Senate budget writers say their plan, rolled out Sunday night, doesn't make many big spending changes - with one very large exception.
The single largest increase by far in the Senate budget plan is an additional $584 million dollars plowed into Medicaid in the upcoming year. Next year, the increase will be $796 million.
Senate leaders say that has to change.
"That’s the message coming out of this budget," Sen. Ralph Hise, R-Mitchell, told the Senate Budget Health subcommittee at Monday's meeting on Senate Bill 402.
“Medicaid is driving everything in this state budget. These funds coming out are controlling what we do in education, what we do in transportation and highways," he said.
Republican leaders are hoping Governor Pat McCrory's bid to privatize Medicaid will lead to better cost control down the road. But that will take time: reforms on that scale have to be approved by the federal program through state waivers and plan amendments.
In the meantime, Hise says budget writers are doing what they can to control costs in the entitlement program.
One proposal in the Senate plan would move many pregnant women off Medicaid and into the private insurance market.
In the not-so-distant past, North Carolina had one of the nation's worst infant mortality rates. State leaders decided to offer Medicaid coverage to more pregnant women - up to 185% percent of federal poverty level - in hopes of reducing that rate.
While the strategy seems to have worked, Hise says the advent of federal health insurance exchanges under the Affordable Care Act could save the state $20 million in the next year alone.
Pregnant women between 185% and 133% of federal poverty level (the federal cut-off for eligibility) would have to buy private insurance through the exchange. The state would pay their premiums during their pregnancies. Afterward, the women would have the option of continuing the coverage on their own.
Because plan premiums in the exchanges are controlled for income, Hise says, they probably wouldn't be much more than $25 a month. But the women would almost certainly have to pay co-pays, deductibles, and other out-of-pocket expenses they wouldn't have to pay under Medicaid.
Hise admitted the benefits under an exchange plan probably wouldn't be as rich as under Medicaid. "I don’t deny the fact that there are savings in doing this." But he said it offers women an advantage in setting them up with insurance they can afford to continue after childbirth, rather than dropping them, as the Medicaid program did.
Advocates for low-income women say that isn't much of an advantage, since those women could buy a policy on the exchange for themselves after their Medicaid coverage lapsed, anyway.
"On Medicaid, a pregnant women is not denied service because she doesn’t have the co-pay amount," Adam Linker with the NC Health Access Coalition told the committee. "The co-payments are higher in private insurance. Could she be turned away?"
Another proposal would shut down all three of the state's in-patient treatment centers for drug and alcohol addiction.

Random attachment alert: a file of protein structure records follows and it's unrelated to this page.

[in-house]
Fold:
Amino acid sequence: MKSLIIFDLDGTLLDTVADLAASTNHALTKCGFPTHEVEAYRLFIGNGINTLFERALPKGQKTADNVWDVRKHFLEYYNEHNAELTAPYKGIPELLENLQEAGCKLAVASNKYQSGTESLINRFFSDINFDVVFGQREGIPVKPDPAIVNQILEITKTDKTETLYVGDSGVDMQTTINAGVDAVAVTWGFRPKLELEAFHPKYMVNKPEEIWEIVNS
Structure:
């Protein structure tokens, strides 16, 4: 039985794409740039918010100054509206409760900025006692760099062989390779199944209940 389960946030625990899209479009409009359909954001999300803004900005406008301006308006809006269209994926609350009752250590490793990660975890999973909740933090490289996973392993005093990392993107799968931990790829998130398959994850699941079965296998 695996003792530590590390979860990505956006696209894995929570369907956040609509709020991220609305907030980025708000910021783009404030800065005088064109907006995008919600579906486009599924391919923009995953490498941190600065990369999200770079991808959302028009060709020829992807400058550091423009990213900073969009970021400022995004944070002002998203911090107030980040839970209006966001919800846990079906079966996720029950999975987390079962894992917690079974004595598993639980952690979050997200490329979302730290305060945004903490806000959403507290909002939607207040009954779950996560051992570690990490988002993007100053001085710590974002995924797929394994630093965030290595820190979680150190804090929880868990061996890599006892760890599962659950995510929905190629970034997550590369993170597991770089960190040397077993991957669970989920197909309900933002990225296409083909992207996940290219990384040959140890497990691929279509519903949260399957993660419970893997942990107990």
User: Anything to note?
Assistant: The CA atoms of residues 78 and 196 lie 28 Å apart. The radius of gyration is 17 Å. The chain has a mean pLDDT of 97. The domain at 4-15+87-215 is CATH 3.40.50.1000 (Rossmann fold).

"These centers, residential treatment centers, have shown no evidence that they provide better outcomes than community-based treatments," Hise told the committee. "However, the cost for operating these centers is $158,000 per bed per year."
Senator Gladys Robinson, D-Guilford, asked whether counties or private entities would be able to cover the demand for in-patient treatment. Hise said there are no guarantees, but added that the state would put part of the savings into community-based treatment instead.
"We have a need to provide these services," Hise said. "We just don’t believe the centers that are providing them do so in a cost effective manner."
The Senate budget would also move a large chunk of funding away from pre-K programs and into child-care subsidies, to be administered by county Departments of Social Services. The change would largely cut out the NC Partnership for Children, the non-profit that administers Smart Start.
The money that would have funded 2,500 seats in NC Pre-K will fund 2,600 seats in subsidized child care programs, which benefit more children, Hise said. “It is our belief that there is a stronger focus in the community looking at birth through 5 than just focusing on 4 year olds.”
The proposal also requires Governor Pat McCrory's administration to submit its Medicaid reform plans to the General Assembly for approval before taking the final steps to secure a waiver from the federal program. But Hise sounded optimistic about the prospect.
"We can’t continue to be coming in here, year after year, biennium after biennium, with an unpredictable system," he said. "We have got to be able to control our Medicaid costs, and we have got to be able to forecast at the beginning of the year what those costs are going to be. And quite frankly, we can do neither until we reform the system."
The full Senate Appropriations will hear amendments to Senate Bill 402 beginning at 8:30 am Tuesday. After that, the bill is scheduled for a hearing in Senate Finance at 1:00pm. It's expected to be on the Senate floor for votes Wednesday and Thursday.